Lakes Nicaragua and Managua, and Gulf of Fonseca, Along Nicaraguan Coast – November 27th, 201112.1N 86.2W
Visible along the southern coast of Central America are the Gulf of Fonseca, Lake Managua and Lake Nicaragua (northwest to southeast along the coast). The Gulf of Fonseca, part of the Pacific Ocean, borders El Salvador, Honduras and Nicaragua. It covers an area of approximately 3,200 square kilometres (1,200 sq mi), with a coastline that extends for 261 kilometres (162 mi), of which 185 kilometres (115 mi) are in Honduras, 40 kilometres (25 mi) in Nicaragua, and 29 kilometres (18 mi) in El Salvador.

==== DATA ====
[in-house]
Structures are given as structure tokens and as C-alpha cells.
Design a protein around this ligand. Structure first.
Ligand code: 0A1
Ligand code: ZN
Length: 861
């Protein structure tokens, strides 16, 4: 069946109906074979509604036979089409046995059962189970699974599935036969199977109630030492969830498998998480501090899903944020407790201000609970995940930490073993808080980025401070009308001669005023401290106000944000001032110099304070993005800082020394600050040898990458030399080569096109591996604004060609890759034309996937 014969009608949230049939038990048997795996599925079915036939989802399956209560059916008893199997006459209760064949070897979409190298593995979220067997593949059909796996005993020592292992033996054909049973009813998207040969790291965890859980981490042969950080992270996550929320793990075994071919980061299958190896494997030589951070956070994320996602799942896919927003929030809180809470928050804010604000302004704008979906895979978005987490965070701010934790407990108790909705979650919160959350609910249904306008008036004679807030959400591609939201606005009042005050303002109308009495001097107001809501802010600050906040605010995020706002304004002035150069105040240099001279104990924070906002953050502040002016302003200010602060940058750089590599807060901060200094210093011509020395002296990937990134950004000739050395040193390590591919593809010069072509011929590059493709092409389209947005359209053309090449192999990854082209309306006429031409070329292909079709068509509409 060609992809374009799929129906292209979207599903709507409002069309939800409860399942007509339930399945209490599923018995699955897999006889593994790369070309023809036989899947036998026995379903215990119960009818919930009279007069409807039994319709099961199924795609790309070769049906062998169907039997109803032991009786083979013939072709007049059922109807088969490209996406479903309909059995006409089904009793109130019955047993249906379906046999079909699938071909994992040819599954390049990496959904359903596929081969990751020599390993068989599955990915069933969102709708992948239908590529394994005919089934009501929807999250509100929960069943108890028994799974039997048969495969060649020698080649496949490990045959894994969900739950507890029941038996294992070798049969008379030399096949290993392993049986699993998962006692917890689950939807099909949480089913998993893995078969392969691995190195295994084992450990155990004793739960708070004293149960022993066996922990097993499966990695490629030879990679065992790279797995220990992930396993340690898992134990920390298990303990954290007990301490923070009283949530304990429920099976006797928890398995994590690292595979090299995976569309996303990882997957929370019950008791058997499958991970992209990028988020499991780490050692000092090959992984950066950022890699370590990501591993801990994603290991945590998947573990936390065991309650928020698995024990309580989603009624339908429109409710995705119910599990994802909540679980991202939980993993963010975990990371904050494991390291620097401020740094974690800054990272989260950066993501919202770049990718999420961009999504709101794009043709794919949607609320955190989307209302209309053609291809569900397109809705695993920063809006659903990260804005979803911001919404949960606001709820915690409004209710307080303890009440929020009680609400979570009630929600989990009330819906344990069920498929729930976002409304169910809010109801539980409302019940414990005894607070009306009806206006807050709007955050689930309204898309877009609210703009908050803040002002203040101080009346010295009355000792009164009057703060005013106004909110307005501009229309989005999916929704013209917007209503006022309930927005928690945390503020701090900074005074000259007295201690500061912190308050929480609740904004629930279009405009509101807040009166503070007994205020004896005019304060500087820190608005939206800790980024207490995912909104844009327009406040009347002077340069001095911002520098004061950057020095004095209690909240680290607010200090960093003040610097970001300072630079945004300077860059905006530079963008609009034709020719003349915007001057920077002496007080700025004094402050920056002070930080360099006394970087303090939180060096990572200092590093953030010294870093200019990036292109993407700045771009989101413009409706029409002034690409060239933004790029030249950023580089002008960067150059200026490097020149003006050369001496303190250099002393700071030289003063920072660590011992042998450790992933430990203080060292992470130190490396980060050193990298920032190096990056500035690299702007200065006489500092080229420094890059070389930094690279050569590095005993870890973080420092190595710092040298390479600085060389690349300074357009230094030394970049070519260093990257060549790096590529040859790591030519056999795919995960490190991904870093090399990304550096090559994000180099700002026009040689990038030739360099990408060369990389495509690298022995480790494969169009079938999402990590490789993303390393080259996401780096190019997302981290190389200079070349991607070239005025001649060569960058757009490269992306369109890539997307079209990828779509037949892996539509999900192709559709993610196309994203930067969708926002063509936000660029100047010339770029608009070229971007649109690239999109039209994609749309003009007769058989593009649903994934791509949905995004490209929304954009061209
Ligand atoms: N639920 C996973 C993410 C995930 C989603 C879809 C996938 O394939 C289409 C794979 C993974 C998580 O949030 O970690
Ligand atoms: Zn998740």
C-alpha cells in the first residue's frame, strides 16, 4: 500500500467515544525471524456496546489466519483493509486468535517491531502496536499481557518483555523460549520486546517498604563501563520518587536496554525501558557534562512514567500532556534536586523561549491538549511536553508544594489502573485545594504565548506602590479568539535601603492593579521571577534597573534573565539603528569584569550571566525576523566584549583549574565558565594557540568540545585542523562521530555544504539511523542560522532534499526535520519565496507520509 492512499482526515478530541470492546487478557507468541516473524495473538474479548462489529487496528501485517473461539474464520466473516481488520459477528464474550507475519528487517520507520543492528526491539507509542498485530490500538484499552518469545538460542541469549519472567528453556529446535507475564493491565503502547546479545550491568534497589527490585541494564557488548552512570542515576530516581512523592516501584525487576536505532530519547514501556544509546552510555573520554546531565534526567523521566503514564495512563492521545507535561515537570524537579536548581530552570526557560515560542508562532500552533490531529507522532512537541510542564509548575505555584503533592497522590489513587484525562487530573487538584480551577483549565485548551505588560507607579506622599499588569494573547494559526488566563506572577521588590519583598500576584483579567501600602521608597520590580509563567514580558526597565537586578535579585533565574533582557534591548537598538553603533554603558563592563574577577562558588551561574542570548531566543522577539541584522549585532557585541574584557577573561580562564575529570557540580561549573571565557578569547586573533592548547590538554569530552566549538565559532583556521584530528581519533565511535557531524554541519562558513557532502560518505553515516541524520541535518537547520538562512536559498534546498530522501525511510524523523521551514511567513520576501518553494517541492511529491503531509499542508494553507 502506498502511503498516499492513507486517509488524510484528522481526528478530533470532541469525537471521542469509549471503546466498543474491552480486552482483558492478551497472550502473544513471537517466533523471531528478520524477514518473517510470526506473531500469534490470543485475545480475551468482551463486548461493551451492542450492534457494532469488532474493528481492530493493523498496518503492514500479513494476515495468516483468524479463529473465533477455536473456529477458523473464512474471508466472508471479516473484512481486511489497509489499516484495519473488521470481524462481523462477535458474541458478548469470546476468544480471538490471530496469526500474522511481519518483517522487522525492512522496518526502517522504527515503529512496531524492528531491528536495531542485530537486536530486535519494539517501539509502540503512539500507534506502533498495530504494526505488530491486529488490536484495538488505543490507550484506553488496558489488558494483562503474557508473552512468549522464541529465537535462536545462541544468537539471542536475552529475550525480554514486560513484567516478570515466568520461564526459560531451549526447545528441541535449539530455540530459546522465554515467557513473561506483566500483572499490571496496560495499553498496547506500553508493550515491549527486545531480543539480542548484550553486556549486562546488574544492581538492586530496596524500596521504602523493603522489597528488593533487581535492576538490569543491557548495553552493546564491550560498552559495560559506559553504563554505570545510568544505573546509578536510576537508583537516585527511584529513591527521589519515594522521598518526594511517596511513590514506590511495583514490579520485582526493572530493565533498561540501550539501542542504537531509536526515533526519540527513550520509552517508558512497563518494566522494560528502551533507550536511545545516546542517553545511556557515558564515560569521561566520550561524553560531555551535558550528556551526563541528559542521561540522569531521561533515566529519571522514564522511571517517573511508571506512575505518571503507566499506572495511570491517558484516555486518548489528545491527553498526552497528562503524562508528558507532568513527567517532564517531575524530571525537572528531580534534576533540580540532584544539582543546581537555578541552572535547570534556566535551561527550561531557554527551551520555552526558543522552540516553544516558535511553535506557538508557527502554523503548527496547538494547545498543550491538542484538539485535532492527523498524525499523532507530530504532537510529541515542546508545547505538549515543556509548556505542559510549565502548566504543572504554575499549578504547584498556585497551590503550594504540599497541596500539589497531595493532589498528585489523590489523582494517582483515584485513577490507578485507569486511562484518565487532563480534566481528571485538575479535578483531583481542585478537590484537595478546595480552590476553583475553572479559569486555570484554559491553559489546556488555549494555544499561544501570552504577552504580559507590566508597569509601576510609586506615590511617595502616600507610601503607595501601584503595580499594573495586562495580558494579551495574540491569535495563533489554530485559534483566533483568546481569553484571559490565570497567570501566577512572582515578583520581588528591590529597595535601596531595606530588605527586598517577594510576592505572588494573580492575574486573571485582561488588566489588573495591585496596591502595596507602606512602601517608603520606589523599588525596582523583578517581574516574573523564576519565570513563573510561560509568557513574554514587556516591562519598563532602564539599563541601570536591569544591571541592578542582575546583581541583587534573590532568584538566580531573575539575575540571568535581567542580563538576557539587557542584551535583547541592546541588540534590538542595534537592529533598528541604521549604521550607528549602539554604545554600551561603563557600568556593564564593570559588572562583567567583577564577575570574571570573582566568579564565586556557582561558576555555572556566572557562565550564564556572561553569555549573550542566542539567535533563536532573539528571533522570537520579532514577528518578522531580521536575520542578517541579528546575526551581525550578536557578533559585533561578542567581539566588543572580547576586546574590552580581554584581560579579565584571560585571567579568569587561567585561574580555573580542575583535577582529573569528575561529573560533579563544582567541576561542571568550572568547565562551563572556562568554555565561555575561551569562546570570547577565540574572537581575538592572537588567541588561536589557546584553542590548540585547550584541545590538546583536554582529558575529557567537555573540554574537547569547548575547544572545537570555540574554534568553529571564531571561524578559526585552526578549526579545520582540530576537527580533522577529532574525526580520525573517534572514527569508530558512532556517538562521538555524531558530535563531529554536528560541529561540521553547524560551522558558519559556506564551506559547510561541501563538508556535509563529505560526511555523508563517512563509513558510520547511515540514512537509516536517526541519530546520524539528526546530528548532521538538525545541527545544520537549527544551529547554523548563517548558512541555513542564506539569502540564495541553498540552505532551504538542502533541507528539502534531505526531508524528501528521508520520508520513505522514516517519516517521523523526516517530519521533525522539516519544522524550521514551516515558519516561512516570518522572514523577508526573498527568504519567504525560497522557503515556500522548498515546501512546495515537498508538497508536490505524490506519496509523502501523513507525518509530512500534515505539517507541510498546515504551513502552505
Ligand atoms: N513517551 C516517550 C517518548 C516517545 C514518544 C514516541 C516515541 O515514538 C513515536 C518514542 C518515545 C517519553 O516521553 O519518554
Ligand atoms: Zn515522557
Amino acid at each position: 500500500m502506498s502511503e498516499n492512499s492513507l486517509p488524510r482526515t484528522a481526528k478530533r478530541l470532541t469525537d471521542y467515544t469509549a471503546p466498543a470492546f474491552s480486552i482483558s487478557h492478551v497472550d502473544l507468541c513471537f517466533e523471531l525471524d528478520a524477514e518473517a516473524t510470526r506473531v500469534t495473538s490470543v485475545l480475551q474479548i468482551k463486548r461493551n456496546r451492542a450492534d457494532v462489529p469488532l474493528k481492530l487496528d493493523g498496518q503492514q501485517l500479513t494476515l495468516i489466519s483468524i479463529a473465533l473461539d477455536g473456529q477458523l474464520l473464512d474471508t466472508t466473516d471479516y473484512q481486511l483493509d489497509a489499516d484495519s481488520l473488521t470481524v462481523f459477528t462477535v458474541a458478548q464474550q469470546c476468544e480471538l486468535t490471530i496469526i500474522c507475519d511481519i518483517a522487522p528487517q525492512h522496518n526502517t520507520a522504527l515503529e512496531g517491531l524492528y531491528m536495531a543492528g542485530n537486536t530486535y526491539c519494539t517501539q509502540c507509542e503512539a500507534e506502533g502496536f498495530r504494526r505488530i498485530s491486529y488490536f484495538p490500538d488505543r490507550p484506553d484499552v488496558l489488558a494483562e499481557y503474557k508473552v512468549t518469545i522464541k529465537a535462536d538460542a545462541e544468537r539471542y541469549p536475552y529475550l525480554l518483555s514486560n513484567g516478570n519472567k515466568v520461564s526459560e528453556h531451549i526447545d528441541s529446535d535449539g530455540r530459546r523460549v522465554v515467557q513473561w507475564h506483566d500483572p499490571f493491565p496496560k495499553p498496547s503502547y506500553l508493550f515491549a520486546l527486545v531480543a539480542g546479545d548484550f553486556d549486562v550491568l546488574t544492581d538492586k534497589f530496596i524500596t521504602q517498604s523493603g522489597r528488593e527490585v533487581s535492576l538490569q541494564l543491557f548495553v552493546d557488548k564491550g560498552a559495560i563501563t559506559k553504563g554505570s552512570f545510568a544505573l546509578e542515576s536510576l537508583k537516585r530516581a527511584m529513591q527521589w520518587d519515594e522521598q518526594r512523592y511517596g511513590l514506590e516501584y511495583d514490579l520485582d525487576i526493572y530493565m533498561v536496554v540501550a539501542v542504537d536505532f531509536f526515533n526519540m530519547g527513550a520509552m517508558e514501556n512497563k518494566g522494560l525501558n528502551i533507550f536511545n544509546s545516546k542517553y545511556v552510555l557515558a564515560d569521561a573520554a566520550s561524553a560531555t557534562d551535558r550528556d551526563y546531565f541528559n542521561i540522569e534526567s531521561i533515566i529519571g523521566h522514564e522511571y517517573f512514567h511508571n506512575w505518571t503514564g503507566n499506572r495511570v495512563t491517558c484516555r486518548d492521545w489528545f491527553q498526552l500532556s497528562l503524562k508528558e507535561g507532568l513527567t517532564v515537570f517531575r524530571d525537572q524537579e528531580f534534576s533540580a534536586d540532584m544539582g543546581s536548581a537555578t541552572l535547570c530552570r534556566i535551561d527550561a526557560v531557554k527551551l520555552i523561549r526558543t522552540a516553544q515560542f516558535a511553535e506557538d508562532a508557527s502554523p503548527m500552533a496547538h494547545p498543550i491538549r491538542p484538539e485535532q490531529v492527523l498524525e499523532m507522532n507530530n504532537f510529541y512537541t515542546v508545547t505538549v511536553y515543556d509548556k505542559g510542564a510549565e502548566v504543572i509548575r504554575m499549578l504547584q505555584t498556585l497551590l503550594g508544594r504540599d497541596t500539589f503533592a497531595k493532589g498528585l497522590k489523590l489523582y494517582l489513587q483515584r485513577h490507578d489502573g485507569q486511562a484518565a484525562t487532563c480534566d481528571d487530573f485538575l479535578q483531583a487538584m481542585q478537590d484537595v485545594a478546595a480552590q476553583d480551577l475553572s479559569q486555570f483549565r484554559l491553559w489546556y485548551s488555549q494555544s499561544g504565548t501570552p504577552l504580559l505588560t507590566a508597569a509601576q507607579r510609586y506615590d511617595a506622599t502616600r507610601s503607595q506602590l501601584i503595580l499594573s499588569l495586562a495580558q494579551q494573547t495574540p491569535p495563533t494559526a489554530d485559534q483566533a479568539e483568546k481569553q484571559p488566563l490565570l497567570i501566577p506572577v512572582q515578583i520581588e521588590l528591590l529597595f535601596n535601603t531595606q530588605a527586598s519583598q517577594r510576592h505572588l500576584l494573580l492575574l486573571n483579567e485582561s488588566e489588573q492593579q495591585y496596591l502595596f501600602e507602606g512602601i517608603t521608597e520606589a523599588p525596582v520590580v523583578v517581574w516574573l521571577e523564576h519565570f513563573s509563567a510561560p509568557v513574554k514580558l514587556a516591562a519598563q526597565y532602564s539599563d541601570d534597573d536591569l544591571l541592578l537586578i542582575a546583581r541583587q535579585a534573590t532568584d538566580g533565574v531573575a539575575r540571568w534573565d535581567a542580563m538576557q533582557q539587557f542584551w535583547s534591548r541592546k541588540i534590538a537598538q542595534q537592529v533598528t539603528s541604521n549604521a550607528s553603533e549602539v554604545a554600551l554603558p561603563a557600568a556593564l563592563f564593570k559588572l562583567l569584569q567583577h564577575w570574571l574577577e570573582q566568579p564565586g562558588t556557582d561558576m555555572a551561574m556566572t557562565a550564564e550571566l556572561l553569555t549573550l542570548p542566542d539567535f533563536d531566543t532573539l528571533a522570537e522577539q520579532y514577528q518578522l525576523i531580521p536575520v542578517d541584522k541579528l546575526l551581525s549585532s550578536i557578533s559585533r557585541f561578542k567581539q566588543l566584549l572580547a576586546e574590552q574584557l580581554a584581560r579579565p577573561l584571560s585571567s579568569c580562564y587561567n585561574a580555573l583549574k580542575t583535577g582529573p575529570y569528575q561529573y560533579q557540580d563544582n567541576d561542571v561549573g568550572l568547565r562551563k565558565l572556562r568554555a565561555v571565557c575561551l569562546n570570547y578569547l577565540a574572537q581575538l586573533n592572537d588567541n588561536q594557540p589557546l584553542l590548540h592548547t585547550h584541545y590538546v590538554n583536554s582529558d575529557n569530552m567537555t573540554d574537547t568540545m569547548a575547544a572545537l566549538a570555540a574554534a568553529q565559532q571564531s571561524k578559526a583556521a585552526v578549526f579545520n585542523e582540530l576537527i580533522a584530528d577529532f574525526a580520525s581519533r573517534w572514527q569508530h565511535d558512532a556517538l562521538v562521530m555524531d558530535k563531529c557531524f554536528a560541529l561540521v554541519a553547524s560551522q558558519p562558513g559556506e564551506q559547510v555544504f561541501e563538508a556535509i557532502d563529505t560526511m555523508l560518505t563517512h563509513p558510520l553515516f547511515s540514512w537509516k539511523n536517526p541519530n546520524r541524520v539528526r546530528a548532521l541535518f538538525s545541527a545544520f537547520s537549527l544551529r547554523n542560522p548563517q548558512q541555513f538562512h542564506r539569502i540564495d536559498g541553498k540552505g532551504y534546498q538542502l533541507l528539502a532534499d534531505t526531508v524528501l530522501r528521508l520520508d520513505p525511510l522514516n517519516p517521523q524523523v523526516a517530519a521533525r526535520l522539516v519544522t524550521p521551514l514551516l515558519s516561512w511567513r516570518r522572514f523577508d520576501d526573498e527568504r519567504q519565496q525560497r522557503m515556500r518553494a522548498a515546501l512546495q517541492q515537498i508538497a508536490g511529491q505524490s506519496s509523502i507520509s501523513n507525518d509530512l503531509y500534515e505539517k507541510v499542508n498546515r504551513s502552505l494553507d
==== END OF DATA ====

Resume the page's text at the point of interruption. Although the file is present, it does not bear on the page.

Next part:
Lake Managua (also known as Lake Xolotlán) is a lake in Nicaragua. At 1,042 km², it is approximately 65 km long and 25 km wide. The city of Managua, the capital of Nicaragua, lies on its southwestern shore. The lake has been severely polluted, mostly by decades of sewage being dumped into the lake.
Lake Nicaragua is a vast freshwater lake of tectonic origin, located, as the name might suggest, in Nicaragua. With an area of 8264 km2, it is the largest lake in Central America, the 19th largest lake in the world (by area) and the 9th largest in the Americas. It is slightly smaller than Lake Titicaca. With an elevation of 32.7 m above sea level, the lake reaches a depth of 26 m. It is intermittently joined by the Tipitapa River to Lake Managua.